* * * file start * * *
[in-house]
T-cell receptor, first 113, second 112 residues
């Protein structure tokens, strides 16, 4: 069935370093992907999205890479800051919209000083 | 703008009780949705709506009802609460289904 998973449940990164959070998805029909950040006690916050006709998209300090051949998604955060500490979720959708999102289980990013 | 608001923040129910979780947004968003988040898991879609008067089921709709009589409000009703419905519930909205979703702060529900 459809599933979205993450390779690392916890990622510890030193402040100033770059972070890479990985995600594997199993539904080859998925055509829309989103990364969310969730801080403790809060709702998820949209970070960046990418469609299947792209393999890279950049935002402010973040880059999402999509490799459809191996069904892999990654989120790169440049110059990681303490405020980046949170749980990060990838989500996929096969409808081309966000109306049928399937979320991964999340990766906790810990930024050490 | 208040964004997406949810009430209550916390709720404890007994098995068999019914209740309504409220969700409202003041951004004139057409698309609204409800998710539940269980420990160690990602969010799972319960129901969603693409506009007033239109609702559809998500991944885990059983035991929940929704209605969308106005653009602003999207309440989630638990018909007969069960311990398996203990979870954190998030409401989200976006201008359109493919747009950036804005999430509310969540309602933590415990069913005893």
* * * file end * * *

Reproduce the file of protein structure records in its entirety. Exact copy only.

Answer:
[in-house]
T-cell receptor, first 113, second 112 residues
């Protein structure tokens, strides 16, 4: 069935370093992907999205890479800051919209000083 | 703008009780949705709506009802609460289904 998973449940990164959070998805029909950040006690916050006709998209300090051949998604955060500490979720959708999102289980990013 | 608001923040129910979780947004968003988040898991879609008067089921709709009589409000009703419905519930909205979703702060529900 459809599933979205993450390779690392916890990622510890030193402040100033770059972070890479990985995600594997199993539904080859998925055509829309989103990364969310969730801080403790809060709702998820949209970070960046990418469609299947792209393999890279950049935002402010973040880059999402999509490799459809191996069904892999990654989120790169440049110059990681303490405020980046949170749980990060990838989500996929096969409808081309966000109306049928399937979320991964999340990766906790810990930024050490 | 208040964004997406949810009430209550916390709720404890007994098995068999019914209740309504409220969700409202003041951004004139057409698309609204409800998710539940269980420990160690990602969010799972319960129901969603693409506009007033239109609702559809998500991944885990059983035991929940929704209605969308106005653009602003999207309440989630638990018909007969069960311990398996203990979870954190998030409401989200976006201008359109493919747009950036804005999430509310969540309602933590415990069913005893």